Tag Archives: architecture

A View From “The Bow”

A View From “The Bow”

A panoramic view of downtown Calgary with "The Bow" prominently featured on the far left.

A panoramic view of downtown Calgary with The Bow prominently featured on the far left (the building with the diagonal exterior grid of cross-bracing)..

After talking about it for several years, my dear friend, Bettina, took me on a tour of the building she works in, The Bow. I shared some pictures of it in a previous post, but there is nothing like this skyscraper from the inside looking out.

Construction of this 58 floor, crescent-shaped skyscraper began in 2007 and was completed in 2012 – a billion dollars later.

It's a LONG way down!

It’s a LONG way down!

The design and architecture is absolutely stunning, with graceful rounded curves throughout the interior, incredible views, and beautiful, natural light flooding in through every window.

A view of some of the graceful lines and light.

A view of some of the graceful lines and light.

We picked up lunch at a favourite restaurant of Bettina’s, Chef’s Cafe, situated across the street from The Bow, then took it up to eat at the Sky Garden on the 54th floor to enjoy the view from a beautiful vantage point.

View looking over the Bow River.

View looking over the Bow River.

This magnificent structure literally “towers” over other buildings in downtown Calgary, and its exquisite design will remain a signature of one of the most dazzling corporate structures in Canada and perhaps the world. It has, without doubt, changed the skyline of Calgary with its semi-circular shape and clean, modern design.

A view from the top!

A view from the top (and looking at the new Brookfield Plaza which will be taller than The Bow upon completion – taller perhaps but definitely NOT as impressive)!

Thank you for taking the time, Bettina, to show me this brilliant structure and for introducing me to The Bow, from the inside looking out!

Charleston, South Carolina!

After we left Washington and endured bumper-to-bumper traffic to Richmond, we stayed the night there so Ron could watch the baseball finals and we then headed for Charleston, SC the next morning.

The hotel we had made arrangements to stay in, the La Quinta in North Charleston, had no rooms ready to check into when we stopped by at 4:00 so we drove into Charleston to do some sightseeing and have dinner.

Ron as read most of the books that Pat Conroy has written and I recently read my first book of his, Beach Music, which I enjoyed tremendously. Pat Conroy is perhaps best known for Prince of Tides, but, as a graduate of The Citadel in Charleston, many of his books, like My Winning Season, Lords of Discipline, Broad Street and The Great Santini talk to experiences, both positive and negative, at The Citadel. We located The Citadel and drove and walked the campus and visited the basketball auditorium, tennis courts and other features of this famous military school. Reading Pat Conroy’s work will be more meaningful for me in future and Ron now has a vivid picture of the scenes and stories he’s already enjoyed.


We drove around Charleston, parked and walked along the waterfront to take in the beauty of the mansions situated there. The architecture and preservations of homes and historic buildings throughout the city is incredibly impressive.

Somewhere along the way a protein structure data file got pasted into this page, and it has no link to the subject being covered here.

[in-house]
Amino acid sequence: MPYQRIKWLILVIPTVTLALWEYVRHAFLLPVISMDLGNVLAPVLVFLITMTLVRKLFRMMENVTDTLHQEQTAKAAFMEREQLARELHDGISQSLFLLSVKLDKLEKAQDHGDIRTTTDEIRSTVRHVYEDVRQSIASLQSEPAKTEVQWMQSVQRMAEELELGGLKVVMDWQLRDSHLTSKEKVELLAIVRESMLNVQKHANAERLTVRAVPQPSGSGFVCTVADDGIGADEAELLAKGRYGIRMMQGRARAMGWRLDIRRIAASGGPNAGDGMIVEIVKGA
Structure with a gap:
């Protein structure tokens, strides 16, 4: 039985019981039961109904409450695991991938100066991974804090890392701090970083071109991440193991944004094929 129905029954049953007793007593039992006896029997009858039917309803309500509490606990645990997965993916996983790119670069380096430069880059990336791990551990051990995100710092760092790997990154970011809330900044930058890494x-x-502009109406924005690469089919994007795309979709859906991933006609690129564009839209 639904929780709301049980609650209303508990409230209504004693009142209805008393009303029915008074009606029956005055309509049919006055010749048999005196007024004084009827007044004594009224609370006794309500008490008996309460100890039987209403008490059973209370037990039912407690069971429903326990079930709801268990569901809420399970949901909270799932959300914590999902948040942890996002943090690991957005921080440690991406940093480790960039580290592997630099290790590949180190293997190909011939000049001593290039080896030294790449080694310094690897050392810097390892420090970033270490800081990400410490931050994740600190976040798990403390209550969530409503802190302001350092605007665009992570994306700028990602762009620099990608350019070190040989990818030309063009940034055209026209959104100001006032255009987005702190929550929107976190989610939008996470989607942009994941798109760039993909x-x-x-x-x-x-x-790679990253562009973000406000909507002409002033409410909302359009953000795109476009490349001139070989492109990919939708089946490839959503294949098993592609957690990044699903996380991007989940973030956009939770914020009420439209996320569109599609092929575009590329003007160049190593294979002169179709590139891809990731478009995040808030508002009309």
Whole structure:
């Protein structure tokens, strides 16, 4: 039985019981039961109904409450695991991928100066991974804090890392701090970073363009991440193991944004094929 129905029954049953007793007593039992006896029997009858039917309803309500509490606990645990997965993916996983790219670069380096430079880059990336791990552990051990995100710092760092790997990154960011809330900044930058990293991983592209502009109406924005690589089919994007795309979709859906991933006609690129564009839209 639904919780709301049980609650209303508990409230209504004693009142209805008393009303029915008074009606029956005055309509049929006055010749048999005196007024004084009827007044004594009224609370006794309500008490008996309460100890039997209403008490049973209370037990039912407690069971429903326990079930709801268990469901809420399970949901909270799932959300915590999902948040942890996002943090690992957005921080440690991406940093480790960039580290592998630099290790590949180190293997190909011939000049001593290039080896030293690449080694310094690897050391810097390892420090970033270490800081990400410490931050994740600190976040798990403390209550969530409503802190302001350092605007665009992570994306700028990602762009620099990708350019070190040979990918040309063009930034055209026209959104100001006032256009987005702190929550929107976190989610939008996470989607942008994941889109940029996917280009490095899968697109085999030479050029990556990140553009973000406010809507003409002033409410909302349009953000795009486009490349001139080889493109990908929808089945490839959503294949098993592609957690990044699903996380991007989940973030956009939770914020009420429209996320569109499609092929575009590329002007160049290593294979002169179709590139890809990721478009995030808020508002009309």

We headed downtown and walked the main streets looking for a recommended restaurant named FIG (Food is Good). As impressive as their menu looked, they had a significant line-up, so we headed across the street and had some great food at Sticky Fingers BBQ. Definitely NOT for vegetarians, this restaurant turned out some fine southern barbecue, tremendous Sweet Potato Casserole and a fabulous homemade coleslaw. They’ve served their food to a massive list of celebrities and we can now appreciate why. The food and service were great. While at the restaurant, we called the hotel and our room STILL wasn’t ready and it was now 8:30 at night.


We had dropped by the historic Francis Marion Hotel to admire the architecture and to see if the musicians on the second floor (visible from the street) were perhaps playing some jazz that we could enjoy. An exceptional young man working at the hotel who had just moved from Vermont, Seanan Keleher, asked where we were staying and we told him that the hotel that we had booked earlier in the day through Expedia did not have our room ready when we dropped by at approximately 4:00 this afternoon, nor at 8:30 this evening when we called to check on it. He said that he had one room left and offered to work with the hotel we’d booked and with Expedia to have our money refunded and to arrange for us to stay at the Francis Marion Hotel instead. It took almost a half hour on the phone with various people, but he made it happen. We couldn’t have been more delighted. Seanan went above and beyond any normal expectations of service. It was a real pleasure to stay in this beautiful hotel, built in 1928, with such a magnificent view of this amazing city.


The next morning, we set off to take in as much of the city as we could possibly fit in and took a narrated carriage ride through historic Charleston. Before we left the city, we grabbed a quick lunch at a local Irish pub and enjoyed their version of an “Irish Quesadilla” – corned beef, sauerkraut and Swiss cheese cooked in a quesadilla with a side of sautéed spinach. Great idea to replicate for St. Patrick’s Day!